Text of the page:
I begin this section on creativity with discussions around the visual because creativity has long been associated with a certain mysterious, talismanic aura; the ‘rare gift’ of artistic visual interpretation or a special aptitude for commercial visual or conceptual innovation.
Now that digitization has to some extent democratized and demystified image-making production and publishing processes, it has become necessary for the meaning of creativity to widen its application which in turn has implications for the visual. What might have been regarded as “frenzied pixilation” (Jewitt, 2008: 6, drawing on Bauman 1998 & Castells 2001) a decade ago is now a normal aspect of everyday digital living for some social groups, if only in the ubiquitous use of mobile phone image-making, -editing and -distribution. However let us inform this societal swing with the insight of Mitchell (2005) who offers a historical perspective on ‘the visual turn’ or more pertinently ‘the audiovisual turn’ which:
“can be more usefully understood as a repeated narrative that marks ‘specific moments when a new medium, a technical invention, or a cultural practice erupts in symptoms of panic or euphoria (usually both) about the visual’” (Jewitt 2008:11, drawing on Mitchell, 2002:173)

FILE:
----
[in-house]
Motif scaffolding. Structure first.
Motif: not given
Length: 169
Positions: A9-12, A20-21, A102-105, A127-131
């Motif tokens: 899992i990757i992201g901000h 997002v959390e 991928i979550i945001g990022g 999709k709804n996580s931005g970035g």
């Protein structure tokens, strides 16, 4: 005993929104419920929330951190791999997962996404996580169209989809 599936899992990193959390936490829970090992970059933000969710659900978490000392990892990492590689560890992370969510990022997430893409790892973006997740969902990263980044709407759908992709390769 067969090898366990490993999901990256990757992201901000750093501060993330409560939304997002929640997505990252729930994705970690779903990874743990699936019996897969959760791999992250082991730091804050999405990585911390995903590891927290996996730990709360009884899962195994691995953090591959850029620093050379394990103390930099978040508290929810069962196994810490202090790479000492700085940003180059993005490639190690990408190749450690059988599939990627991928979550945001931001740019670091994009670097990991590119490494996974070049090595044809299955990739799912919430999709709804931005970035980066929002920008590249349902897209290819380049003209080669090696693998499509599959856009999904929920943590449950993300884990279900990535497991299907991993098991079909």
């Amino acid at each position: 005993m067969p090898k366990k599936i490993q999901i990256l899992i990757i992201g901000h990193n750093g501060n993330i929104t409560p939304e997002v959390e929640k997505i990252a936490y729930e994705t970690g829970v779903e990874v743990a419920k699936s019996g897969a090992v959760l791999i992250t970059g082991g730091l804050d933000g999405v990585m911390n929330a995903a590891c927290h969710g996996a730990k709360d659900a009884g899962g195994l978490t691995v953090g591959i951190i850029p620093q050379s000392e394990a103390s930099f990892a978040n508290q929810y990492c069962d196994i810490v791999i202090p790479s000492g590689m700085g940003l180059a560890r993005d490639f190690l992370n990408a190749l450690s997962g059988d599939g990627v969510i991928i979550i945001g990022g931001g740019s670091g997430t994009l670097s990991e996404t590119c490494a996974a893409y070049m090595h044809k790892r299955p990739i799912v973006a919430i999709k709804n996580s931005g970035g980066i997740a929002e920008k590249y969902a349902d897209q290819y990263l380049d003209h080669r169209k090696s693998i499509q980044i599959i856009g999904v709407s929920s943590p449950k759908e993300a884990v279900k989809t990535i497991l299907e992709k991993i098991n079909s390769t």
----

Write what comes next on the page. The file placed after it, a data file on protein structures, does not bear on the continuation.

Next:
Polarized debates around the educational uses and abuses of computer games illustrate how the visual can be alternately wielded as the dumbing-down pariah of non-linguistic communication or the panacea “rescuing education from anachronism” (ibid 2008:12). Despite the contested nature of this terrain, schools have an obligation to recognize that literacy and symbolic forms of representation have now moved beyond those narrowly bound up with individual linguistic accomplishment: “the time for that habitual conjunction of ‘language and learning’ is over.” (Jewitt, 2008:6) heralding the need to move towards a multimodal and social approach to literacy.